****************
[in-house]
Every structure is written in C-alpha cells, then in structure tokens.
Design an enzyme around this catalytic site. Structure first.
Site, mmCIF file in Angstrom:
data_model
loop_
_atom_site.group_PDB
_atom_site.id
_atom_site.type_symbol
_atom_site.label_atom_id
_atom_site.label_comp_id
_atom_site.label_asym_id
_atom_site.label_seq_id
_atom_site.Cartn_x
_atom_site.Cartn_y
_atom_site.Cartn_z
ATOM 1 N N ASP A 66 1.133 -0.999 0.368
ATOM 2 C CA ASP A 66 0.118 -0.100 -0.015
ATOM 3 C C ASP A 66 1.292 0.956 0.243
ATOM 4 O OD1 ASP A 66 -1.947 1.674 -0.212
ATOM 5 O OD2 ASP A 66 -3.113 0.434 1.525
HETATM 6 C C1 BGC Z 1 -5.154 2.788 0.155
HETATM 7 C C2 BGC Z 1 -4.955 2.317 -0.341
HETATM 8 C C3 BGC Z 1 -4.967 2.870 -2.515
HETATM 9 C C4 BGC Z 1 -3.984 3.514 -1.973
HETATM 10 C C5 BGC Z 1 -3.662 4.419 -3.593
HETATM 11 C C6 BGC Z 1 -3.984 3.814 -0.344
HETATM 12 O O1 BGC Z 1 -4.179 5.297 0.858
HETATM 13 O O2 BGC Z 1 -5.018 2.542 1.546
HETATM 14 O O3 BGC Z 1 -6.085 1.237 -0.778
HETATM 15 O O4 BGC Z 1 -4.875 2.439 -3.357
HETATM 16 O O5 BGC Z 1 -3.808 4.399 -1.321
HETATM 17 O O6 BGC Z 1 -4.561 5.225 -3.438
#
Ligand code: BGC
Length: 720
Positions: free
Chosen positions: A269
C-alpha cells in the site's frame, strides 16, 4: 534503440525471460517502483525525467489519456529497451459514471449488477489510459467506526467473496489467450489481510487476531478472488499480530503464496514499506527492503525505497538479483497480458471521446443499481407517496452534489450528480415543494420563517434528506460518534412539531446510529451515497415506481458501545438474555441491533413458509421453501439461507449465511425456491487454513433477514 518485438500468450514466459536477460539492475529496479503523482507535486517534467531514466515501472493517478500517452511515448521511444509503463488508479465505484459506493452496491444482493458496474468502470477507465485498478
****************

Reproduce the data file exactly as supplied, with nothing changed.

[in-house]
Every structure is written in C-alpha cells, then in structure tokens.
Design an enzyme around this catalytic site. Structure first.
Site, mmCIF file in Angstrom:
data_model
loop_
_atom_site.group_PDB
_atom_site.id
_atom_site.type_symbol
_atom_site.label_atom_id
_atom_site.label_comp_id
_atom_site.label_asym_id
_atom_site.label_seq_id
_atom_site.Cartn_x
_atom_site.Cartn_y
_atom_site.Cartn_z
ATOM 1 N N ASP A 66 1.133 -0.999 0.368
ATOM 2 C CA ASP A 66 0.118 -0.100 -0.015
ATOM 3 C C ASP A 66 1.292 0.956 0.243
ATOM 4 O OD1 ASP A 66 -1.947 1.674 -0.212
ATOM 5 O OD2 ASP A 66 -3.113 0.434 1.525
HETATM 6 C C1 BGC Z 1 -5.154 2.788 0.155
HETATM 7 C C2 BGC Z 1 -4.955 2.317 -0.341
HETATM 8 C C3 BGC Z 1 -4.967 2.870 -2.515
HETATM 9 C C4 BGC Z 1 -3.984 3.514 -1.973
HETATM 10 C C5 BGC Z 1 -3.662 4.419 -3.593
HETATM 11 C C6 BGC Z 1 -3.984 3.814 -0.344
HETATM 12 O O1 BGC Z 1 -4.179 5.297 0.858
HETATM 13 O O2 BGC Z 1 -5.018 2.542 1.546
HETATM 14 O O3 BGC Z 1 -6.085 1.237 -0.778
HETATM 15 O O4 BGC Z 1 -4.875 2.439 -3.357
HETATM 16 O O5 BGC Z 1 -3.808 4.399 -1.321
HETATM 17 O O6 BGC Z 1 -4.561 5.225 -3.438
#
Ligand code: BGC
Length: 720
Positions: free
Chosen positions: A269
C-alpha cells in the site's frame, strides 16, 4: 534503440525471460517502483525525467489519456529497451459514471449488477489510459467506526467473496489467450489481510487476531478472488499480530503464496514499506527492503525505497538479483497480458471521446443499481407517496452534489450528480415543494420563517434528506460518534412539531446510529451515497415506481458501545438474555441491533413458509421453501439461507449465511425456491487454513433477514 518485438500468450514466459536477460539492475529496479503523482507535486517534467531514466515501472493517478500517452511515448521511444509503463488508479465505484459506493452496491444482493458496474468502470477507465485498478